How to be a confident graphic designer
I remember when I graduated from high school and started my first semester in college. I was super excited to embark on my creative journey and see how well I stacked up against the rest of the world.
When I was in high school, I didn't have much to compare myself against. I was one of those students who had a big, grand vision for the world. During that time, I didn't think that my work was all that terrible. But, by the time I got to college, reality set in very quickly.
People from all over the United States came to our design program and I started to see a new level of creativity and pure genius that I lacked. Quite frankly, it was a blow to my confidence. I had been in my own little bubble for so long, and all of a sudden it was being challenged. I realized I had a lot of work to go.
I think confidence in designers is a finicky thing. It's there for a moment when a project goes and then disappears in a blink of an eye when we get some terrible feedback from client.
So how do you keep and build this confidence?
Well, to be honest, it's not as hard as it seems. But it's one of those things that we have to give a bit of care and attention to every single day.
Find the quick wins
Just find something small. It could be as simple as drawing a letter that looks cool! No matter what, it should be simple and fast. The idea is to build up gradually—like a snowball.
That letter could turn into a logo. The logo could turn into a brand. The brand could take form of a website—you see this is going.
That quick win under your belt builds confidence. By starting with anything larger, its easier to get discouraged quicker and stop your progress.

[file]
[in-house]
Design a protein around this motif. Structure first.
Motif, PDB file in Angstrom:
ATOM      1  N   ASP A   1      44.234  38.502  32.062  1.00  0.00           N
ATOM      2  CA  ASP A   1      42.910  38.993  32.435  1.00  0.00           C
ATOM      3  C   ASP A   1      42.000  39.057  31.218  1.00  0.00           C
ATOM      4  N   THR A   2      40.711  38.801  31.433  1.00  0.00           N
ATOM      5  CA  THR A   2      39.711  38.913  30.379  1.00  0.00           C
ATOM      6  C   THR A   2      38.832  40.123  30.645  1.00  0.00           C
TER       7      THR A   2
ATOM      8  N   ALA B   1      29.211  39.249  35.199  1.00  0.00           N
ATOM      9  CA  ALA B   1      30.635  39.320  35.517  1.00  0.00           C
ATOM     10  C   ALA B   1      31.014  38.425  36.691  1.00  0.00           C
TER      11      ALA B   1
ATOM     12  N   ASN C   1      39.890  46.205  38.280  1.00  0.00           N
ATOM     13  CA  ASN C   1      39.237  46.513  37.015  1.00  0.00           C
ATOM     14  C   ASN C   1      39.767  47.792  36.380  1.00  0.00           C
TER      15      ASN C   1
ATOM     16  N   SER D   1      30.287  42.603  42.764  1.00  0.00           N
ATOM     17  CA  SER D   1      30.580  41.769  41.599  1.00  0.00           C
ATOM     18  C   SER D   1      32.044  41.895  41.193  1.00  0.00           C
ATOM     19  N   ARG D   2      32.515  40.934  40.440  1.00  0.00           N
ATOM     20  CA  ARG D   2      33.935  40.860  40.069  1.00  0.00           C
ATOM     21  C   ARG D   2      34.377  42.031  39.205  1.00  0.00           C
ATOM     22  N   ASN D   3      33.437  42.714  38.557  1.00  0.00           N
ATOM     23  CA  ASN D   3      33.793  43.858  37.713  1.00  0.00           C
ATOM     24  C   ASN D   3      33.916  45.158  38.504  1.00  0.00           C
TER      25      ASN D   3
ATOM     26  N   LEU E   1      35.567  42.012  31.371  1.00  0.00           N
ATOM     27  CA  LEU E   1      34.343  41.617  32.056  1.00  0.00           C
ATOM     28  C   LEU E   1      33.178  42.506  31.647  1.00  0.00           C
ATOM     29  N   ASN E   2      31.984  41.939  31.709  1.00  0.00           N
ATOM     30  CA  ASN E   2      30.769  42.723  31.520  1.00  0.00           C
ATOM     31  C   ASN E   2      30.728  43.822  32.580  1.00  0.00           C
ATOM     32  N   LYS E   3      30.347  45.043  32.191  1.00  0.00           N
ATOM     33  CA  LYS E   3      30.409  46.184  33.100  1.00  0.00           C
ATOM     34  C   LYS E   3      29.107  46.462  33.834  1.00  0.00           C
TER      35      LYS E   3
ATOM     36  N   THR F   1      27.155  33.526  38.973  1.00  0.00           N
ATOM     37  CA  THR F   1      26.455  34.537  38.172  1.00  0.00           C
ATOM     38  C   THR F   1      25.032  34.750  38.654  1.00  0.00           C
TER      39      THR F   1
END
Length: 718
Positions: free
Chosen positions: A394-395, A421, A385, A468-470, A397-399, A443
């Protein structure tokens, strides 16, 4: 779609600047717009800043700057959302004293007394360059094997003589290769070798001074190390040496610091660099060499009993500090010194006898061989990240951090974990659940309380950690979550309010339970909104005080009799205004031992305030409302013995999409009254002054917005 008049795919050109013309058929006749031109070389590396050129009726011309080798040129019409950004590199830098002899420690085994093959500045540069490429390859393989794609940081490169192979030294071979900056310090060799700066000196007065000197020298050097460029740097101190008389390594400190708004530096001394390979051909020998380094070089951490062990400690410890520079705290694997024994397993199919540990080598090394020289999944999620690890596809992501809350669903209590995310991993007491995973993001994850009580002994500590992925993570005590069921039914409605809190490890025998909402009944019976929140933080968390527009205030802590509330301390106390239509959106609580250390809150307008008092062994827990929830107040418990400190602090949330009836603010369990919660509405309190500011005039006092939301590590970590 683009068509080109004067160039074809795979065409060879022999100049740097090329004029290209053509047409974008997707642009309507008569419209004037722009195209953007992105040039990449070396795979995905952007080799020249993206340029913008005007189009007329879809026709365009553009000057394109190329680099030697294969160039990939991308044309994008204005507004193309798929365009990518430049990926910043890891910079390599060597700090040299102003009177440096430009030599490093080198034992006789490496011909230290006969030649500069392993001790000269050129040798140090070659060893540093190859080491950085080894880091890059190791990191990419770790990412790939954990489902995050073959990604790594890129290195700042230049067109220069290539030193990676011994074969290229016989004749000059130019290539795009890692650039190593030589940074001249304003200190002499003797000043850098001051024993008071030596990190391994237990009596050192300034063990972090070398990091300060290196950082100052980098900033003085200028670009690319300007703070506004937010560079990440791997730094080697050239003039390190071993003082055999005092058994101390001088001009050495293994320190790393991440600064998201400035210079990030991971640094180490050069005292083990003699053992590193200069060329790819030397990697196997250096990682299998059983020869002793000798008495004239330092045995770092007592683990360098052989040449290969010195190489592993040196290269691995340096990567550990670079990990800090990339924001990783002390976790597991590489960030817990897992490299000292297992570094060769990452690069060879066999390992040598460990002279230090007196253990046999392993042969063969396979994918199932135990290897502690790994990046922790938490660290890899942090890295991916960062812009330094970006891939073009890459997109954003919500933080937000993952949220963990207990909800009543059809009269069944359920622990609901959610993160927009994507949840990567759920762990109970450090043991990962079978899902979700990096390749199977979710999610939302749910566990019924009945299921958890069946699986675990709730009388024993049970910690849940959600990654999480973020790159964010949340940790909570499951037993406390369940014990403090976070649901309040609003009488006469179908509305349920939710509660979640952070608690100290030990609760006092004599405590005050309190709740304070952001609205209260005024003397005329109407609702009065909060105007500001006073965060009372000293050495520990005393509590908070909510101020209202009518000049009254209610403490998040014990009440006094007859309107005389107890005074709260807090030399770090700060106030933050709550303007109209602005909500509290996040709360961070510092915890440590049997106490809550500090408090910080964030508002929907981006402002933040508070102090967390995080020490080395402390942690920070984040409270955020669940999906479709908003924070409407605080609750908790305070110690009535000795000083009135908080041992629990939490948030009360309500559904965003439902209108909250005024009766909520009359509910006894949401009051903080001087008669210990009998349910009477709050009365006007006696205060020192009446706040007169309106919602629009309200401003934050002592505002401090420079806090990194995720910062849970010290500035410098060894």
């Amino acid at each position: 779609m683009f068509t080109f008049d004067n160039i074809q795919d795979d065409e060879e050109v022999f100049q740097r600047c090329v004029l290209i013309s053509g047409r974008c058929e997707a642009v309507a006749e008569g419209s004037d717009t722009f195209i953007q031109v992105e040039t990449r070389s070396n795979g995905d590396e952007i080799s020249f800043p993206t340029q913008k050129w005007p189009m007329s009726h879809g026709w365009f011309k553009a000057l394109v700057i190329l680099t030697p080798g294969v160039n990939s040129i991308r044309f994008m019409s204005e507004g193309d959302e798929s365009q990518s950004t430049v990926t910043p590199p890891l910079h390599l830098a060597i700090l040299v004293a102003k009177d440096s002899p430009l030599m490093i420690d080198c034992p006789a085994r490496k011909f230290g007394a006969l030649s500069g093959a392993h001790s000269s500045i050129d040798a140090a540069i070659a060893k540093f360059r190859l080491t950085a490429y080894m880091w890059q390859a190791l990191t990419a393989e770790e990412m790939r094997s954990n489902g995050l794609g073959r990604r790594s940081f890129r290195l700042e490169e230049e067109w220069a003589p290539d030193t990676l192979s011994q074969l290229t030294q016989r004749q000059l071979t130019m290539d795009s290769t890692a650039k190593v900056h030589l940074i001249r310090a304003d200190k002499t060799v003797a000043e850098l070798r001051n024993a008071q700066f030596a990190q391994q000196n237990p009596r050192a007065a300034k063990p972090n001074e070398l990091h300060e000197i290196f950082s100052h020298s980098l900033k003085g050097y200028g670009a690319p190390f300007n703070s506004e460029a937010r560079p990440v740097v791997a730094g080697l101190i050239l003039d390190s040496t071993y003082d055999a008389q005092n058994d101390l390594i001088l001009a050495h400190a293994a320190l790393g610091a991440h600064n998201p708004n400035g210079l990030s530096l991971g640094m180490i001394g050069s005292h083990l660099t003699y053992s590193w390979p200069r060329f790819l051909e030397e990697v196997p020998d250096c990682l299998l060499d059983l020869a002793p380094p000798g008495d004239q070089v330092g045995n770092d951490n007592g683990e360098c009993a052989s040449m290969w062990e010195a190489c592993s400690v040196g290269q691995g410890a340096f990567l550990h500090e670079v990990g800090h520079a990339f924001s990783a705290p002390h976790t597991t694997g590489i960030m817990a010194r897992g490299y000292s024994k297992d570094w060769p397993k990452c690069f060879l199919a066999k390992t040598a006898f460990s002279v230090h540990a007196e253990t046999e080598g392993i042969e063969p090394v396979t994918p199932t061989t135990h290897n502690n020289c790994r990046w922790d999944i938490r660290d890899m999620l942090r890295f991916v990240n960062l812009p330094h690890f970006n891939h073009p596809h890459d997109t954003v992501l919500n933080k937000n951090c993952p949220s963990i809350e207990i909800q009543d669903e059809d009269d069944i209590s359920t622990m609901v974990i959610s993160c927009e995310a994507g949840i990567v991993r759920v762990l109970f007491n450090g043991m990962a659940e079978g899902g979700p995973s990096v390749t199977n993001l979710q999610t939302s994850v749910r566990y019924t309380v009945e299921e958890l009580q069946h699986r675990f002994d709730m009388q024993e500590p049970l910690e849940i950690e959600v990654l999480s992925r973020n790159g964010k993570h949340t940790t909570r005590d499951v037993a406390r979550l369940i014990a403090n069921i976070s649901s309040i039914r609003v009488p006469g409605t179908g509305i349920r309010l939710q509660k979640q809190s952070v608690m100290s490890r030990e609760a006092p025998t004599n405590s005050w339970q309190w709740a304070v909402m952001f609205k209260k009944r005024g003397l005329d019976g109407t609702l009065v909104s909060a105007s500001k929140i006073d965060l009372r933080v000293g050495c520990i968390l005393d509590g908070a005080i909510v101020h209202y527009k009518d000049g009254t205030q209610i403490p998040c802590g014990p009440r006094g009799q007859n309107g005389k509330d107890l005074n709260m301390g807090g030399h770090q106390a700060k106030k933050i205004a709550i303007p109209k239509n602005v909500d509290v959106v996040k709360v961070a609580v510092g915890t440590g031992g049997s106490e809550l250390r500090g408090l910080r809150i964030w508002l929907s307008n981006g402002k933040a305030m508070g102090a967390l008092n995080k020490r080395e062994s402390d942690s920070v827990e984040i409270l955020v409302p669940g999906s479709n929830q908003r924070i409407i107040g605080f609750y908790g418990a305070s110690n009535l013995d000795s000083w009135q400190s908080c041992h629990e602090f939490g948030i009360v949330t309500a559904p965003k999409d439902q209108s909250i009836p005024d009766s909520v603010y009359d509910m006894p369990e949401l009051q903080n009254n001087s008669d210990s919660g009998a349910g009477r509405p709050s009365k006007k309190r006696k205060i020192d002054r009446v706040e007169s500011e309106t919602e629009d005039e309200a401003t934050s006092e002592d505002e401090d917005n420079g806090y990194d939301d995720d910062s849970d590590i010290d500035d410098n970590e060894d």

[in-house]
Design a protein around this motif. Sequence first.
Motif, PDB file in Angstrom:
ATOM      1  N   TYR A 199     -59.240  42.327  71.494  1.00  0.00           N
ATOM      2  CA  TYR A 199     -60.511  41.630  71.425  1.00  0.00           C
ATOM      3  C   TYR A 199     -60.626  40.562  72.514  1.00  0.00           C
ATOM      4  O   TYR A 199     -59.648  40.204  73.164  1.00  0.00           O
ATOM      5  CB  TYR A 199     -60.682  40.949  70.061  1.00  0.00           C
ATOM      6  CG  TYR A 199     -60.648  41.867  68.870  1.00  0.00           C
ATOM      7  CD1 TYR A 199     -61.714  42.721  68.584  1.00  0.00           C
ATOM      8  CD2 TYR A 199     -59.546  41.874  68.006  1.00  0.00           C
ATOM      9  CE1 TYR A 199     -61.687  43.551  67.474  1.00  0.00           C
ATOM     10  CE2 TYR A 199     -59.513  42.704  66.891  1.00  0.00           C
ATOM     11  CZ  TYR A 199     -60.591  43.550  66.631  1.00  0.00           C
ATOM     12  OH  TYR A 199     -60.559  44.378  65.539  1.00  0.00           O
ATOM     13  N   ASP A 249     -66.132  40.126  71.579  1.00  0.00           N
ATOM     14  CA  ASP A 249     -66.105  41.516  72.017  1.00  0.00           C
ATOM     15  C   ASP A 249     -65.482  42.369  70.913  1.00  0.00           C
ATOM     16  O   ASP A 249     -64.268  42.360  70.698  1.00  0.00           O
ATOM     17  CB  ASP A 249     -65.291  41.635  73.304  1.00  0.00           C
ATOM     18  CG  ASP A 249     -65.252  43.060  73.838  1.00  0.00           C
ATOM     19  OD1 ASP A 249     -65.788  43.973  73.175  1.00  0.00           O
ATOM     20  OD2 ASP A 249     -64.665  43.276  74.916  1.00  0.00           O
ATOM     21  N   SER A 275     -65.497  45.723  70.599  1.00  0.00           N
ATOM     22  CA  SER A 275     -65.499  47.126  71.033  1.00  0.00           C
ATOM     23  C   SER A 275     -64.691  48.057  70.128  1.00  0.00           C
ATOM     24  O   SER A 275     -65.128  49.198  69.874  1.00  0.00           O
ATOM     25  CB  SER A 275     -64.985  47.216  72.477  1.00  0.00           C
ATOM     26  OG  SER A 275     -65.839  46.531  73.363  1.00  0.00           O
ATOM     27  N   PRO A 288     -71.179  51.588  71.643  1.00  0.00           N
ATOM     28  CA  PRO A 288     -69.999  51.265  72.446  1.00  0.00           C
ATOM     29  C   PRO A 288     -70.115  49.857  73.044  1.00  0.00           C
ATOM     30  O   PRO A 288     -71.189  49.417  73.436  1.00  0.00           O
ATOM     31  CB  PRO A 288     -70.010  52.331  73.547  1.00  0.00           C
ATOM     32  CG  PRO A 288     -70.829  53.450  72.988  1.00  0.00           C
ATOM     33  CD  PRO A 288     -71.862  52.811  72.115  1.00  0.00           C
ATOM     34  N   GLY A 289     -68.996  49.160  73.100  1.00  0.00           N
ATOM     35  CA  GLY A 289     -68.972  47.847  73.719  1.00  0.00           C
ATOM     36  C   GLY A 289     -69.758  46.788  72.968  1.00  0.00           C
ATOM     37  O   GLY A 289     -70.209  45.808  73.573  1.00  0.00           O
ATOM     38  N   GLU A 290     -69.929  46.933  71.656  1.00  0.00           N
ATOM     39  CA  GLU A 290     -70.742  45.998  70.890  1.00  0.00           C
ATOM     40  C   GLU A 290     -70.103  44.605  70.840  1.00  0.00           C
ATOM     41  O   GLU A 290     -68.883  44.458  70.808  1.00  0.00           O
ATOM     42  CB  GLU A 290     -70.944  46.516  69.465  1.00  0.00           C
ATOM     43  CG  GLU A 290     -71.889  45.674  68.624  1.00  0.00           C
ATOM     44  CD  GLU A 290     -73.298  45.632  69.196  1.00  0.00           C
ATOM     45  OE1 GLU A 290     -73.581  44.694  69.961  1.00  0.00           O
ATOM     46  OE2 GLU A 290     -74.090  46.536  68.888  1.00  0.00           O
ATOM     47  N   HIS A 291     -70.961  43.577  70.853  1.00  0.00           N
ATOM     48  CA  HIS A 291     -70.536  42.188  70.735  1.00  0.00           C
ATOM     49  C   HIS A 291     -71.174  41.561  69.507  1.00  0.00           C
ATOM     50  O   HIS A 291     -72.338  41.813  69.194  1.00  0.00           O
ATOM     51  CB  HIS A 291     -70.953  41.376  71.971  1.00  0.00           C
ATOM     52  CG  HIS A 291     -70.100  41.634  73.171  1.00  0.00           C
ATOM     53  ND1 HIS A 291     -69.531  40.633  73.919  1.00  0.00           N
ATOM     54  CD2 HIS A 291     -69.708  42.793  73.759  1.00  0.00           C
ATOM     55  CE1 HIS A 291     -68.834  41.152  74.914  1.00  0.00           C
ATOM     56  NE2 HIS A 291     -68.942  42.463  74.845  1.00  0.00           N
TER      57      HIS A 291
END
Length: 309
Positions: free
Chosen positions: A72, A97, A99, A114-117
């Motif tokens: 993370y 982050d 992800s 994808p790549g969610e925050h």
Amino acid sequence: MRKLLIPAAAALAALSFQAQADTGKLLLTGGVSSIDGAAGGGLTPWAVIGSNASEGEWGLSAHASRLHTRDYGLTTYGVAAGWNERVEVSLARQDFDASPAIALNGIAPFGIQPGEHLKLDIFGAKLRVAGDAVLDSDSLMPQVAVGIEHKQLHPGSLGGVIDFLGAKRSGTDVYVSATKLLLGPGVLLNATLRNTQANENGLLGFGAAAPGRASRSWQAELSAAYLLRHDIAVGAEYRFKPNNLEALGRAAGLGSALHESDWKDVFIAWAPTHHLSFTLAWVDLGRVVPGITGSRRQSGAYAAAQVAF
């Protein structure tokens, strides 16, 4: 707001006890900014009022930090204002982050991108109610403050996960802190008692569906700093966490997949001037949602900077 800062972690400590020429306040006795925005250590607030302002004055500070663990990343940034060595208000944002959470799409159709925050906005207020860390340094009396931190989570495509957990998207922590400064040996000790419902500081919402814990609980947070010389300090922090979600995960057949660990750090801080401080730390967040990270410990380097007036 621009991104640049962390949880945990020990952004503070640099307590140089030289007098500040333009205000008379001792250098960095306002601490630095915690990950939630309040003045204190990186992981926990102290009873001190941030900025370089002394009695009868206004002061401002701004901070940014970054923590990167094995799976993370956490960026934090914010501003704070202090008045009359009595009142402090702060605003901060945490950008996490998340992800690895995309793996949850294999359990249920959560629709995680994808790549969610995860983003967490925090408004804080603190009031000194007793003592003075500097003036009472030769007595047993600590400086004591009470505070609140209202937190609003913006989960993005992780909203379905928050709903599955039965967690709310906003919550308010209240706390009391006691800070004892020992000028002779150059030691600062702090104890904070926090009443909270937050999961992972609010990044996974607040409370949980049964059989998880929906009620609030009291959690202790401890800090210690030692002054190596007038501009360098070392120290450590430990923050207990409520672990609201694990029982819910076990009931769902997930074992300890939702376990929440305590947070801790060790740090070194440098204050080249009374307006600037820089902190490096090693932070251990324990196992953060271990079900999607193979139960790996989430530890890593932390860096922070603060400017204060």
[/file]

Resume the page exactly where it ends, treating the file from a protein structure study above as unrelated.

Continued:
Get regular feedback from good mentors
I'm probably going to have a future episode with going more into more detail about mentors. But here's the thing: when you do find a good mentor, reach out to them as much as you can without annoying them. If they're good, they'll understand.
Getting regular feedback is essential to grow without making you feel terrible. A mentor might point you down better paths that you weren't pursuing as much as you should.
There's a lot to be learned from someone who has "been there" and "done that." They understand where you're at and can help you navigate around some traps or moments that trip you up. And make sure to pay it forward. I was able to take what I learned from my mentors and pass on as much of that advice as I can.
This kind of goes along the line with the quick wins.
Fnd something new, exciting, or different and try it. It doesn't need to be pretty or perfect—just challenge yourself. It can lead to a quick win, which is even better.
The fun part about learning something new, is you can apply it towards future projects. Or maybe you discover that you're really good at something that you didn't even know!
Learning things I didn't know can be a rush of adrenaline for me. Getting the hang of something is always a huge confidence boost, too.
So those are my three quick tips for building confidence. It's not something that changes overnight, but it builds up over time. You just have to put in the work every day. And over time, you'll start to feel the impact that it can have not only on you, but your work as well.